When I say you can ignore these rules, I don’t mean that you should. These “truisms” floating around about writing are useful to think about, especially when you’re starting out, and they can point you to weaknesses in your work. In the end, though, you have to trust your own process. Here are seven “writing rules” I (sometimes) ignore.

julia-vanishes-book-cover catherine-egan-author-writer

Column by Catherine Egan, author of JULIA VANISHES (June 2016,
Knopf). Catherine grew up in Vancouver, Canada, and has lived on a
volcanic island in Japan (which erupted during her time there and sent
her hurtling straight into the arms of her now-husband), in Tokyo, Kyoto,
Beijing, an oil rig in the middle of China’s Bohai Bay, New Jersey, and
now Connecticut, where she write books and defends the Eastern seaboard
from invading dragon hordes alongside her intrepid warrior-children.
Follow her on Twitter

1. Write every day.

Actually, I do write almost every day, because I like to and it works with my schedule. But you shouldn’t feel bad if you can’t or don’t want to. You do have to put in the hours to write a book, but those hours will still add up if they are all on Saturdays. Keep writing, and eventually you’ll finish something. Some writers need regularity to stay in a groove with a project. Others find they are more productive if they step away from the work frequently. This is one of those rules that shouldn’t be taken seriously at all. Do what works for you.

2. Kill your darlings.

This is basically smart advice that shouldn’t be adopted too sweepingly. It really depends on the darlings, doesn’t it? The phrase originates with Faulkner, but it is often attributed to Stephen King, who says in On Writing: “Kill your darlings, kill your darlings, even when it breaks your egocentric little scribbler’s heart, kill your darlings.” The idea is that you need to cut all those phrases and scenes you’re so in love with that don’t serve a real purpose in your book. This is often true, but how do you know which darlings to kill? You have to listen to critiques, of course, and you have to learn to step back a little from your own work. Finally, you have to trust your judgment. You don’t want to go around slaughtering darlings willy-nilly or you might end up cutting the heart right out of your book.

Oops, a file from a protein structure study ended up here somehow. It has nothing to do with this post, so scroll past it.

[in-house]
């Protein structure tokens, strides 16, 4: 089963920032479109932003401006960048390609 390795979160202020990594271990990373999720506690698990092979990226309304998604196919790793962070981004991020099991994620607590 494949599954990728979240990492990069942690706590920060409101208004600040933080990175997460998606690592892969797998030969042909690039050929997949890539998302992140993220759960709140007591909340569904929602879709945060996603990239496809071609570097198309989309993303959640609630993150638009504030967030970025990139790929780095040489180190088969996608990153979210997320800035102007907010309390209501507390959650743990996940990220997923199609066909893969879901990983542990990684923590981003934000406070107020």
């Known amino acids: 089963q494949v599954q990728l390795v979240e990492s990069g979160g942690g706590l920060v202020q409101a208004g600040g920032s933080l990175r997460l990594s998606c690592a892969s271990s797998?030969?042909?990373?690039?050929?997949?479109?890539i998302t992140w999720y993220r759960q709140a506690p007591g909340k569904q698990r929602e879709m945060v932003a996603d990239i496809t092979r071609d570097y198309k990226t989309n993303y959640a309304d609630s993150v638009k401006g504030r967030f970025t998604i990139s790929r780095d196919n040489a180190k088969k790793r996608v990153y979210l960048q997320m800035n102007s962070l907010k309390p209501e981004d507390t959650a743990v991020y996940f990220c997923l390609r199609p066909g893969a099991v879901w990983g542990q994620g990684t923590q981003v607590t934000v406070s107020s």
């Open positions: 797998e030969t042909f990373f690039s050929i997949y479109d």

3. Show, don’t tell.

This is also good advice most of the time, but not all of the time. If you’re explaining things in big blocks of text that can be revealed more artfully with dialogue or an action scene, “show, don’t tell” is a good rule of thumb. However, sometimes a neat bit of telling gets the job done just fine.

4. Take out all the adverbs.

What’s with this “all”? As with killing your darlings, cutting adverbs should be done with care, not bloodthirsty zeal. It’s tremendously satisfying to charge into a manuscript, and delete, delete, delete. But you can end up doing damage if you go too far. Adverbs aren’t bad. Overusing adverbs is bad.

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5. Don’t read reviews.

This is something writers tell each other. And yes, if you get a sinking feeling in your stomach when somebody trashes your book, or worse, if the reviews make you start questioning yourself and overthinking your work-in-progress, then this is very good advice: don’t read reviews! But reviews can also be fascinating, entertaining, even useful. It’s interesting to see what has resonated (and what hasn’t) with readers. Just know thyself and proceed accordingly.

6. Write what you know.

I’ve never been interested in writing about anything remotely familiar to me, which is probably how I wound up writing fantasy. Empathy and imagination can take us into wonderful unknowns. You don’t have to stick to your lived experiences, but “write what you know” is still worth thinking about. Your writing needs an authenticity that it can’t possibly have if you write carelessly about what you don’t know. If you are writing historical fiction, for example, do your research. If you are writing about characters from a marginalized group you don’t belong to, follow the #ownvoices hashtag on Twitter as a starting point, because writing what you don’t know can also be damaging.

7. Know your audience.

Maybe that is good advice, but I have no idea how to follow it. As a reader, I’m used to going out into the sea of books and finding the ones that are right for me. I’ve been doing it all my life. Every now and then I catch a stinker, but in general, I am excellent at choosing books. However, I don’t know how to think about an audience when I’m writing. Who wants to read this book? I don’t know! Maybe people who like fantasy and are over the age of twelve or thirteen? Maybe other people? Maybe you? I write the book I want to write and then send it out into that sea of books hoping it will find its readers and that its readers will find it.


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